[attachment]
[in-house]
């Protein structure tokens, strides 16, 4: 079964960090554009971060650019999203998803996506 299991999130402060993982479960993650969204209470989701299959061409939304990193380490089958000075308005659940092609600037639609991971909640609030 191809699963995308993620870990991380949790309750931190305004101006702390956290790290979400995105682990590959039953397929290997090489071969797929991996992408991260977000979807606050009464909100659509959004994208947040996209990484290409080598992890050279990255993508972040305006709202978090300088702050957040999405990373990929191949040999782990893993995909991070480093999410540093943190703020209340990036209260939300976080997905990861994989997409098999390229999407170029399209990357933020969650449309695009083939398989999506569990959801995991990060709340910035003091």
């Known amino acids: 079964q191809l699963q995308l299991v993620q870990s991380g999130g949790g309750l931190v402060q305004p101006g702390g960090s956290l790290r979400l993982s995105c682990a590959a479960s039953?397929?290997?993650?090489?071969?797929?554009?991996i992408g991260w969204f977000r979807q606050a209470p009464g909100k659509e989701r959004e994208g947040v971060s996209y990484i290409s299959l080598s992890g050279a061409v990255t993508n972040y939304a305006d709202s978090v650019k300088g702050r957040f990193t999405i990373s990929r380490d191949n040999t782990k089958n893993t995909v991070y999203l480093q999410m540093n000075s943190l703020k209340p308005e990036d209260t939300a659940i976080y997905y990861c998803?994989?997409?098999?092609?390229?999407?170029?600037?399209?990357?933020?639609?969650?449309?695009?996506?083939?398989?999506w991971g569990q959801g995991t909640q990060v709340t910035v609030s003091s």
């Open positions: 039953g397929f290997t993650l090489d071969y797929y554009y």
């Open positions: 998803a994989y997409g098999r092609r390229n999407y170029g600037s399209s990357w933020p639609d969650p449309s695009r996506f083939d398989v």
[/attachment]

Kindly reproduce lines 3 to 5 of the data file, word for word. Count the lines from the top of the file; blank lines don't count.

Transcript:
């Known amino acids: 079964q191809l699963q995308l299991v993620q870990s991380g999130g949790g309750l931190v402060q305004p101006g702390g960090s956290l790290r979400l993982s995105c682990a590959a479960s039953?397929?290997?993650?090489?071969?797929?554009?991996i992408g991260w969204f977000r979807q606050a209470p009464g909100k659509e989701r959004e994208g947040v971060s996209y990484i290409s299959l080598s992890g050279a061409v990255t993508n972040y939304a305006d709202s978090v650019k300088g702050r957040f990193t999405i990373s990929r380490d191949n040999t782990k089958n893993t995909v991070y999203l480093q999410m540093n000075s943190l703020k209340p308005e990036d209260t939300a659940i976080y997905y990861c998803?994989?997409?098999?092609?390229?999407?170029?600037?399209?990357?933020?639609?969650?449309?695009?996506?083939?398989?999506w991971g569990q959801g995991t909640q990060v709340t910035v609030s003091s």
């Open positions: 039953g397929f290997t993650l090489d071969y797929y554009y």
């Open positions: 998803a994989y997409g098999r092609r390229n999407y170029g600037s399209s990357w933020p639609d969650p449309s695009r996506f083939d398989v």